State, Capital, and the Corporation: Ideological and Social Transformations of the Last Half Century

AHA Session 314
Labor and Working Class History Association 5
Sunday, January 8, 2017: 11:00 AM-12:30 PM
Plaza Ballroom A (Sheraton Denver Downtown, Plaza Building Concourse Level)
Judith S. Stein, City College of New York

Session Abstract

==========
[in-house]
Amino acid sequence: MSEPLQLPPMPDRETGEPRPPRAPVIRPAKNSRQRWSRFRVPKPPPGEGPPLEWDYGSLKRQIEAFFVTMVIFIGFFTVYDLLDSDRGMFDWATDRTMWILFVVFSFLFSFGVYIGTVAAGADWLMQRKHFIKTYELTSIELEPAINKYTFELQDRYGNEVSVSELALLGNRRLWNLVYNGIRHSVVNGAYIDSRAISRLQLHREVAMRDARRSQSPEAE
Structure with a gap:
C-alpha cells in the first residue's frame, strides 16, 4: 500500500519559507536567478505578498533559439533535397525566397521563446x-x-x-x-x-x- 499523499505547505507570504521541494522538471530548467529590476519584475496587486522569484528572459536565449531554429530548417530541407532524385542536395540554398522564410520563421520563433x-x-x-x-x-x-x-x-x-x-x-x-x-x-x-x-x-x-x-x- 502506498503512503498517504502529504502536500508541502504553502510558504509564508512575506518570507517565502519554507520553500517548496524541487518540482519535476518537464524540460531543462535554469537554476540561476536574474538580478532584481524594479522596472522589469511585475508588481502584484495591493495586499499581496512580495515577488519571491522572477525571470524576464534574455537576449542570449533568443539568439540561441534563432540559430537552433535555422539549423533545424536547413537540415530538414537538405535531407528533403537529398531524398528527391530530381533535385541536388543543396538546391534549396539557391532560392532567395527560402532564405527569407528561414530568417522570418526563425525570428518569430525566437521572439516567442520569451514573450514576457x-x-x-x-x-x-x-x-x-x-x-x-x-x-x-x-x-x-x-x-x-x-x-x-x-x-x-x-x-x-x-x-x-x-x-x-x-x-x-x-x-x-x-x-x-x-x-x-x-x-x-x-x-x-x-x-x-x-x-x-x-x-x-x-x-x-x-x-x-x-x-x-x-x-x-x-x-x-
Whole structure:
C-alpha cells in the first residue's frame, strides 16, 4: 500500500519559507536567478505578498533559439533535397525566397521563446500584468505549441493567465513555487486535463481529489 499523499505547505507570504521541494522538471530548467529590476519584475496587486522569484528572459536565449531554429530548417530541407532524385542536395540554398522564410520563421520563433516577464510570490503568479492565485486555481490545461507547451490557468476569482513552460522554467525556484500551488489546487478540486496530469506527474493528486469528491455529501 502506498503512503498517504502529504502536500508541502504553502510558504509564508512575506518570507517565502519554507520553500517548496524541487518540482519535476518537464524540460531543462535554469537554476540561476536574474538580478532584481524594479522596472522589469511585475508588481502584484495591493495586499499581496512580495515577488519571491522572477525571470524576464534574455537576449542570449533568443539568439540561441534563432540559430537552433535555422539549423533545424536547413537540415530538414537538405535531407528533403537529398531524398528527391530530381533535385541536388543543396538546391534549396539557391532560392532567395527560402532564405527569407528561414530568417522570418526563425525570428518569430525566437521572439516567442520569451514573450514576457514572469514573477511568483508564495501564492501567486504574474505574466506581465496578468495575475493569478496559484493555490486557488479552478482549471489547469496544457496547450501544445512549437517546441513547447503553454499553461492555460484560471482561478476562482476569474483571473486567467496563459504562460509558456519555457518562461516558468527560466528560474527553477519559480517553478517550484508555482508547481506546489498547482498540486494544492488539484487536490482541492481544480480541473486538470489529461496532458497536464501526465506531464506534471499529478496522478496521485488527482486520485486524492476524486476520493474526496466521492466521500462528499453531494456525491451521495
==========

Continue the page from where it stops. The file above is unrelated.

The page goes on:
Although a new generation of historians of capitalism have made much progress exploring the financialization of commercial and corporate activity, both as cultural ethos and economic reality, relatively little attention has been paid to the ways in which the changing structure and technology of the late 20th century business enterprise have served as a lever by which management and ownership have greatly enhanced both the profitability of the enterprise, the global scale of operations, and the freedom of the corporation from outside constraints, including the regulatory state and organized labor.  The four papers offered at this panel explore the changing character of key corporate enterprises and how this has created a new template for state, labor, and business relations, both domestic and international, during the last half-century. Nelson Lichtenstein explains how the business enterprise has been organizationally “fissured;” Jennifer Klein explores how companies have shaped spaces of economic and social waste; Margaret O’Mara discusses how parastatal spending and planning helped give rise to the libertarian- tinged ethos of Silicon Valley technology firms; and Nikolas Bowie examines the rise of that business libertarianism from a legal perspective.
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